Absolutely. In fact, this is a core part of Silent Oath, as Nathan meets Elena DeSantis, the reincarnation of a lost lover from his previous incarnations. Many reborn don’t try to keep romantic relationships going across lifetimes. It can be difficult to deal with jealousy and guilt if you find a past lover, and you or they have had other lovers already in this lifetime. But Nathan and Elena have a very long history, and they must decide if that is worth fighting for, in the face of all that happens. 

How important are the short stories for the series? 
They’re not essential; they just offer a bit of extra insight into the characters. At the moment there is only Taking Sides: Cynthia, set between Locked Within and Silent Oath, which describes Cynthia Keller’s decision to help Nathan fight the Council of Chains. I wrote Silent Oath before the short story, so while I would encourage everyone to read Taking Sides: Cynthia, you won’t miss out if you decide to skip it. 

Thank you, Mr. Shortt
Thank you for having me!
About the author:
A child at heart who turned to writing and roleplaying games when there simply weren't enough action figures to play out the stories he wanted, Paul Anthony Shortt has been writing all his life. Growing up surrounded by music, film and theatre gave him a deep love of all forms of storytelling, each teaching him something new he could use. When not playing with the people in his head, he enjoys cooking and regular meet-ups with his gaming group.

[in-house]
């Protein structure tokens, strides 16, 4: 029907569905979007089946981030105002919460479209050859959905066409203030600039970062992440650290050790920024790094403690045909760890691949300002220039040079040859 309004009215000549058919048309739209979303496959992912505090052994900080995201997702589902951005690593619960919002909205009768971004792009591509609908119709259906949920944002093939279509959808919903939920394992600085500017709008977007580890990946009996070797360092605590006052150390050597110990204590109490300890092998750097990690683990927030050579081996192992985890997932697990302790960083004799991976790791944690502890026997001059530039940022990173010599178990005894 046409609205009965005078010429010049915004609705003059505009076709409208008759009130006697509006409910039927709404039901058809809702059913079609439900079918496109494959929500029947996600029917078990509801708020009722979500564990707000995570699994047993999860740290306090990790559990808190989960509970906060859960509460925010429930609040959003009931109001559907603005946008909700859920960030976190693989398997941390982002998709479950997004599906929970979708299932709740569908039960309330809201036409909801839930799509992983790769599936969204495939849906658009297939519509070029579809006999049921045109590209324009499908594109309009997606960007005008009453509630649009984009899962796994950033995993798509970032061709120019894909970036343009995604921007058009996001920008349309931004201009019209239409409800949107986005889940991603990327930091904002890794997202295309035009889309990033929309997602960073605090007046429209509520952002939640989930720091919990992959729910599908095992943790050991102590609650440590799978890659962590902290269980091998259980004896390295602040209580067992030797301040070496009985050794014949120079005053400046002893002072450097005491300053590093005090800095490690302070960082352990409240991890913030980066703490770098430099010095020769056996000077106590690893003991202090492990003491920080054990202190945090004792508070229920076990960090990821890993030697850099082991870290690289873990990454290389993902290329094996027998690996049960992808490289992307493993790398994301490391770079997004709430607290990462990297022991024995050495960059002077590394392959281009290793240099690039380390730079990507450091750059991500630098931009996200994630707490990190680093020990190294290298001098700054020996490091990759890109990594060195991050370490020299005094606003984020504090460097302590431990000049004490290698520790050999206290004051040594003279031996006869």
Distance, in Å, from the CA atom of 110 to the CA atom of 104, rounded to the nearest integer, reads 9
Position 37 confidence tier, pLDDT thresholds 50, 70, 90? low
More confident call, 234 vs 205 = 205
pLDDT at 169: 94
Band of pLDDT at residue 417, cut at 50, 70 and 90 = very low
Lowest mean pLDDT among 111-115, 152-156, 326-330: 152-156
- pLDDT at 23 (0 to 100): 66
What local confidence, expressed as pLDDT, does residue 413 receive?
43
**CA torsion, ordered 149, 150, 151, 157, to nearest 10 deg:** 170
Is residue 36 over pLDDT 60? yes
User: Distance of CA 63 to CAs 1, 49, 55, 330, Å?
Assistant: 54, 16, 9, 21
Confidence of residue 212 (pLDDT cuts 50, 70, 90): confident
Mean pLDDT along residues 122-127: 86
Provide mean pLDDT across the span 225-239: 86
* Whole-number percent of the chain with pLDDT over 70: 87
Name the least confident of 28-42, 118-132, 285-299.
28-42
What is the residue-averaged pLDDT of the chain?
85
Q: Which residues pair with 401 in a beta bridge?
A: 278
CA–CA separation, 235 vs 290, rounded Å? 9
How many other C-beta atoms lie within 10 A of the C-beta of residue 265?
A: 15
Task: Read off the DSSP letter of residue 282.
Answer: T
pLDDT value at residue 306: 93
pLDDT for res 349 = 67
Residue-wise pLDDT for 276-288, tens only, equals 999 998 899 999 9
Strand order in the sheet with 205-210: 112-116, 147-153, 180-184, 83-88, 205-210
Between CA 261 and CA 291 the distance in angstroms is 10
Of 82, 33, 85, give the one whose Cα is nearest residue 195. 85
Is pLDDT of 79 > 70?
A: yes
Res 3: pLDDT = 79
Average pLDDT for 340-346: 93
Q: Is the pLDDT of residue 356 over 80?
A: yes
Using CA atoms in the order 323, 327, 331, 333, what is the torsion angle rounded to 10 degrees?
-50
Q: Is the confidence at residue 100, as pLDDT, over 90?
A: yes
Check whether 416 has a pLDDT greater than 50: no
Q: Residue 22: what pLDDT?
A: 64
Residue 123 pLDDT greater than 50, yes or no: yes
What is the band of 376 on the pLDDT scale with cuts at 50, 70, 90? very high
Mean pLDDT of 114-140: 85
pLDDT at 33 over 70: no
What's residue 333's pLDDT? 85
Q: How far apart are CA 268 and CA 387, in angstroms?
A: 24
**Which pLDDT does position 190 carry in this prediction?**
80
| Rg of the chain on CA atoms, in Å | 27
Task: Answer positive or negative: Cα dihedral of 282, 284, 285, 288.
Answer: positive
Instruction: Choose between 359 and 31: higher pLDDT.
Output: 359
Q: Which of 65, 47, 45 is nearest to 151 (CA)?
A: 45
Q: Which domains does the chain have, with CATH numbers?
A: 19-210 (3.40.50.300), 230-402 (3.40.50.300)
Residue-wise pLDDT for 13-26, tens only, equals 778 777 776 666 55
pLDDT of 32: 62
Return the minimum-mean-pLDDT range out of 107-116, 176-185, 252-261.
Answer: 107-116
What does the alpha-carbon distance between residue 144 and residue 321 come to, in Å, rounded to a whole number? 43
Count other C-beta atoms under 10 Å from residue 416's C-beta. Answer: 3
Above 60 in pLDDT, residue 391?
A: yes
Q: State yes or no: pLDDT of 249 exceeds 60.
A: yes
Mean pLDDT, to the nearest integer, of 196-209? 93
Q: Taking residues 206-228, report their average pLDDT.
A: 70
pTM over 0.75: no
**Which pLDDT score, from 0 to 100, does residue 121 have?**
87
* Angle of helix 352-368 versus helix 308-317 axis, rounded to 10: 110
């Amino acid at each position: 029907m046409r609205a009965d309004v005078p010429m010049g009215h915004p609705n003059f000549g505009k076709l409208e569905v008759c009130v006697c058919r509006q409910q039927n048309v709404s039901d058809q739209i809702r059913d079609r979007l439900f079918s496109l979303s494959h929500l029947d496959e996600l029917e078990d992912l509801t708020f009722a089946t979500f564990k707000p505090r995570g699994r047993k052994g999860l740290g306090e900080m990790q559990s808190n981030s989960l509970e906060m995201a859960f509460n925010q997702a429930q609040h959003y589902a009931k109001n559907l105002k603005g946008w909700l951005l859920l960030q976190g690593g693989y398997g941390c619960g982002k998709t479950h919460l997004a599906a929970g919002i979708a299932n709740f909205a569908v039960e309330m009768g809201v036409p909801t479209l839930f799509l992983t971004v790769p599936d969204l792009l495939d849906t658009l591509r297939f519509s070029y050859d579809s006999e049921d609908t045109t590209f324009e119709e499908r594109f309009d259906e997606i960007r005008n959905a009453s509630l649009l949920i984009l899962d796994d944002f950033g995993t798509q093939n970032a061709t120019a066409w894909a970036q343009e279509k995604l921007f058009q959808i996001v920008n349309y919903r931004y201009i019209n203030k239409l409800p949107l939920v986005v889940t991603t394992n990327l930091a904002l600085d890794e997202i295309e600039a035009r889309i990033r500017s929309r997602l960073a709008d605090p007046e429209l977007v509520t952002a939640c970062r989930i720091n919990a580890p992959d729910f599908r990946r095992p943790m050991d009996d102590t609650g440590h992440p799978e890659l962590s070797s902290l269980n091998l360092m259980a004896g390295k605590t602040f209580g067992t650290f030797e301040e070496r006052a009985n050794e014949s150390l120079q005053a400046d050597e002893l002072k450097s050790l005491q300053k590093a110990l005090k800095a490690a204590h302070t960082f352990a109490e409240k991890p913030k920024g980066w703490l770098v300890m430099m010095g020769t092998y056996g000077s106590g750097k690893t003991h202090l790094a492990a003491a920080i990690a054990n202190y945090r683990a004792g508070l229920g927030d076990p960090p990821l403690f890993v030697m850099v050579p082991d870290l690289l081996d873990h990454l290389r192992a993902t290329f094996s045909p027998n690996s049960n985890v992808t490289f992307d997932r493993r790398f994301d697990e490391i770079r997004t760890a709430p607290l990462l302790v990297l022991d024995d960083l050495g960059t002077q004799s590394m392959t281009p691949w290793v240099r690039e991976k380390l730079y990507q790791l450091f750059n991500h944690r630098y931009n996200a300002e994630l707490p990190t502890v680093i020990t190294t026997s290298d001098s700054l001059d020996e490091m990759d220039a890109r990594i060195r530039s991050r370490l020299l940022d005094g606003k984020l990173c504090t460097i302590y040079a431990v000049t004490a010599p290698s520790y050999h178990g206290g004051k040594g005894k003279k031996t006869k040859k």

Paul lives in Ireland with his wife Jen and their dogs, Pepper and Jasper. Their first child, Conor William Henry Shortt, was born on July 11th, 2011. He passed away three days later, but brought love and joy into their lives and those of their friends. The following year, Jen gave birth to twins, Amy and Erica.

Paul's first novel, Locked Within, was released on November 6th, 2012, by WiDo Publishing. Silent Oath is the second book in this urban fantasy trilogy.

"Nathan's heroic theme":


horade said...

Great "Nathan's heroic theme" !

alexa said...

Seems like a great book

Catalina Mihaela said...

Pare o serie grozava.

Paul Anthony Shortt said...

Thanks, everyone.

And thanks so much for having me!